Gay switchboard’s Royal recognition

Illustrated rainbow pride flag on a white background.

London Lesbian and Gay Switchboard (LLGS) has been recognised for its 33-year commitment to the LGBT community with the 2007 Queen’s Award for Voluntary Service.

It is the only LGBT organisation to be honoured this way in 2007 and is only the second since the award was set up.

LGBT helpline Oxford Friend won the award last year.

LLGS, the UK’s biggest helpline dealing with LGBT issues, received the award in recognition of its history of providing confidential and non-judgemental listening, support, information and referrals for people across the UK.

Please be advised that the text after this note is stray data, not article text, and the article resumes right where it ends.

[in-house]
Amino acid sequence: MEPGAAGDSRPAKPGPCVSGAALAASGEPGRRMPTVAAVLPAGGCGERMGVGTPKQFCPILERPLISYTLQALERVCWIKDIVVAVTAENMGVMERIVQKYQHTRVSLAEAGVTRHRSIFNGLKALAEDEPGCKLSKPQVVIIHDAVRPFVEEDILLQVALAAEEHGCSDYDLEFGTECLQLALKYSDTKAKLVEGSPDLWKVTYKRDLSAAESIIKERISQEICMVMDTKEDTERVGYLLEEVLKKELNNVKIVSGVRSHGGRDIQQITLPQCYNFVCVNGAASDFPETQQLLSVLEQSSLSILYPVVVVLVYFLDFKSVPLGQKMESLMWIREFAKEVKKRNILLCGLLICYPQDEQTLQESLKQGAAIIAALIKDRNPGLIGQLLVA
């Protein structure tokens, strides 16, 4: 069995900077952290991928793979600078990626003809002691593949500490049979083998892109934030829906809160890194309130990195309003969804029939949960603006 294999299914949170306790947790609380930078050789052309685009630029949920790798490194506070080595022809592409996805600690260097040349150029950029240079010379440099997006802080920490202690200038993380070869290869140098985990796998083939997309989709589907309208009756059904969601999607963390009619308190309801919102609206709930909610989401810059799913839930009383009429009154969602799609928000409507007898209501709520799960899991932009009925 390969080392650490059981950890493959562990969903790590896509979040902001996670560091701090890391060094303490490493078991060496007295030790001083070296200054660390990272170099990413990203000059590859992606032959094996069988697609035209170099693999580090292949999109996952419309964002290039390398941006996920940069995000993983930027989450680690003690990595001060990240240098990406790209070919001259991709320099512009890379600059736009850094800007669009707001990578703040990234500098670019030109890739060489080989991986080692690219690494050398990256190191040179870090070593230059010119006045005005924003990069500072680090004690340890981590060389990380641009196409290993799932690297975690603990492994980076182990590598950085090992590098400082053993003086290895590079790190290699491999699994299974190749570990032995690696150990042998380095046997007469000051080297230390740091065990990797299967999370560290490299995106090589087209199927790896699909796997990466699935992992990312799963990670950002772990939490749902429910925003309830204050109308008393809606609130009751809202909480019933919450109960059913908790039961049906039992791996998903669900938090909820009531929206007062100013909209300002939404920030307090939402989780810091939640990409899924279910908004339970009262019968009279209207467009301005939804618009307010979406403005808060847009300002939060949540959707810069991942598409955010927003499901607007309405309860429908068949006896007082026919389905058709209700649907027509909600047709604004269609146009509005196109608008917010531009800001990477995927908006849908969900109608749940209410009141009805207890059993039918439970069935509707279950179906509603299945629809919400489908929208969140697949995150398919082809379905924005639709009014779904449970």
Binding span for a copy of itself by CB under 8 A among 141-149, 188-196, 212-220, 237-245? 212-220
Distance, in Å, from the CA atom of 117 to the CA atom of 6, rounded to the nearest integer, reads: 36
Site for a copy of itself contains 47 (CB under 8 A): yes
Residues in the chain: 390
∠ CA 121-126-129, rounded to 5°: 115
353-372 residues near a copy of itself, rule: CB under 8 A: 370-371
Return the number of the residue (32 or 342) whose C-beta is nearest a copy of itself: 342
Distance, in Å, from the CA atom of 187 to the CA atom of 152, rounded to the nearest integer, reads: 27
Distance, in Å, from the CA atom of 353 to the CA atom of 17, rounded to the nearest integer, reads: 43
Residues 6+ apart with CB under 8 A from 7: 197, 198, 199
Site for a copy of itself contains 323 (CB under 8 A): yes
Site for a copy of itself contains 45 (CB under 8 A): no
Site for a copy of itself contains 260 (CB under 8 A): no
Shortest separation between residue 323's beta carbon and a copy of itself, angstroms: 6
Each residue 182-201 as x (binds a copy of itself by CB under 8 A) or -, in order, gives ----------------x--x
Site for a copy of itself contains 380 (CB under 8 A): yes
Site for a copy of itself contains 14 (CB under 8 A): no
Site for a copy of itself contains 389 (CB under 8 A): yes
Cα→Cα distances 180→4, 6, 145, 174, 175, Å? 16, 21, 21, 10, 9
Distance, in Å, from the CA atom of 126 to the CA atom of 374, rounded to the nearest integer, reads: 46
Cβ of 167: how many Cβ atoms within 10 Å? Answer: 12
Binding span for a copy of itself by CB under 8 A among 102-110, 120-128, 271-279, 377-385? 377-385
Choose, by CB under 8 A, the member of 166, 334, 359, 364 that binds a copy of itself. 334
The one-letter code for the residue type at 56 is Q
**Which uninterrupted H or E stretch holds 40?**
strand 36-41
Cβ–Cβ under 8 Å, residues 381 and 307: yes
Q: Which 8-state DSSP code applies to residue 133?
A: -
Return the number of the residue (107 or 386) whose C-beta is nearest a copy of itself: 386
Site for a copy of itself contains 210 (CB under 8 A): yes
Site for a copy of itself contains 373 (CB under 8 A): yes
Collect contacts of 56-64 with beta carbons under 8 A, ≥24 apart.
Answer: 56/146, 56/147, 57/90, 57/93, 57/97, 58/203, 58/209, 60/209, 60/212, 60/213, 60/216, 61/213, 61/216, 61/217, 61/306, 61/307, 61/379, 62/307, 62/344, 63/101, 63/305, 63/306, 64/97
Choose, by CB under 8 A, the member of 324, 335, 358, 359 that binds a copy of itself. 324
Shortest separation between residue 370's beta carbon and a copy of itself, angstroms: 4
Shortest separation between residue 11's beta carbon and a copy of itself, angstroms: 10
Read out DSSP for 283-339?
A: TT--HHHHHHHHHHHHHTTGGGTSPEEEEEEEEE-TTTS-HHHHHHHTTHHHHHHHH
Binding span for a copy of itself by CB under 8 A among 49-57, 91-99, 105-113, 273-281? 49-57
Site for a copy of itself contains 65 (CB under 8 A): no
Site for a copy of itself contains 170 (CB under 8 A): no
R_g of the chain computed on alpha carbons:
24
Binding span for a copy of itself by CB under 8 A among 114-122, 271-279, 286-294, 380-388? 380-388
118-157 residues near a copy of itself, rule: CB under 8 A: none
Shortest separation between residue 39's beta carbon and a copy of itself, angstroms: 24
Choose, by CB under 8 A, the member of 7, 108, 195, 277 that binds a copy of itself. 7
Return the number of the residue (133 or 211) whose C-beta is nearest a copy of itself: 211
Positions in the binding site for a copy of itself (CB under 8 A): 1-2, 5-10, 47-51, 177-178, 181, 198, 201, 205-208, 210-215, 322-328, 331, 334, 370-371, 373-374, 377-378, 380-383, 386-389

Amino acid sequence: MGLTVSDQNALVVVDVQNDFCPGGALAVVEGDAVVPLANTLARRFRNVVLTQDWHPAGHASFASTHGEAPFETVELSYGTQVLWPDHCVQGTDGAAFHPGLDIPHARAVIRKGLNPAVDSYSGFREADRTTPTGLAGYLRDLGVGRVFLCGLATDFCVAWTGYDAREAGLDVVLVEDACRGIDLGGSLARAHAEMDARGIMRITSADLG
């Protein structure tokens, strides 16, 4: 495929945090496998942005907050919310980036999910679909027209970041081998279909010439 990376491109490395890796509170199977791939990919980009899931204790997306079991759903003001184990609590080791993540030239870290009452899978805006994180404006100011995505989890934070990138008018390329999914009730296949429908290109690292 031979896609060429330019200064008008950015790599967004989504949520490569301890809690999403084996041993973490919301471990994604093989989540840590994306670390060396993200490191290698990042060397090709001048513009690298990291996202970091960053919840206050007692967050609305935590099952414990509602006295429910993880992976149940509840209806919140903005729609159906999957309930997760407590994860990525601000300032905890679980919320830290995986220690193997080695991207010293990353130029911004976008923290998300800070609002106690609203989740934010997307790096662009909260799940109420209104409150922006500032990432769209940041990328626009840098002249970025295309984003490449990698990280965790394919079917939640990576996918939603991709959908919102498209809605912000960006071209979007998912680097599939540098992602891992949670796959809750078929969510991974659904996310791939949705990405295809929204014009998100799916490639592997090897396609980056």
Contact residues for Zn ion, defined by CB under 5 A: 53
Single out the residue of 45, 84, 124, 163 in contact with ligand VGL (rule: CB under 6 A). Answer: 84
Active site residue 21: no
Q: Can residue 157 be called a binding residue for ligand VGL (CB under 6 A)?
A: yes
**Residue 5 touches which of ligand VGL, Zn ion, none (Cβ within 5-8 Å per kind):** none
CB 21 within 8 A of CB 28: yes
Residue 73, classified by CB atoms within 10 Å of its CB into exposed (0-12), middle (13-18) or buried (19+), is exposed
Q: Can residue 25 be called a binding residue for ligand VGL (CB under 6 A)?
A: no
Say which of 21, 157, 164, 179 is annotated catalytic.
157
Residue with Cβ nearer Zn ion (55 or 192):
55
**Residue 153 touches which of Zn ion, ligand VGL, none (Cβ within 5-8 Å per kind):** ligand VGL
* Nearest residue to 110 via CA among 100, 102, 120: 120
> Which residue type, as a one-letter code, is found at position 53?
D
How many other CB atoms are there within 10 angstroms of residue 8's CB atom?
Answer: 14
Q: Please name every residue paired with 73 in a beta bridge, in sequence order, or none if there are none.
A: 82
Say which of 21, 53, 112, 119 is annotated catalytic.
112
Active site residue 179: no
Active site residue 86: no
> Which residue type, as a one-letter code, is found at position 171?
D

“We are delighted to be chosen for the Queen’s Award.” said Steve Wilkinson, co-chair of London Lesbian and Gay Switchboard.

“Since our inception in March 1974, we’ve provided a vital service for gay men, lesbians and bisexuals, as well as their friends and families. Receiving this accolade is a recognition of our volunteers’ hard work and our ongoing place in the LGBT community.”

The award also recognises the work that LLGS has been doing on the Turing Project, a network to share information with other gay organisations across the country.

The Turing Project website at provides a web-based database of venues, organisation and services for the LGBT community.

The award began in 2002 to mark The Queen’s Golden Jubilee, and emphasises the importance of continuing recognition of voluntary and community work. There were 71 winners in 2007.

Winning groups receive a certificate signed by The Queen and a commemorative piece of crystal for display at the group’s main place of operation. The Awards are presented on behalf of The Queen by the local Lord-Lieutenant or Lieutenant-Governor.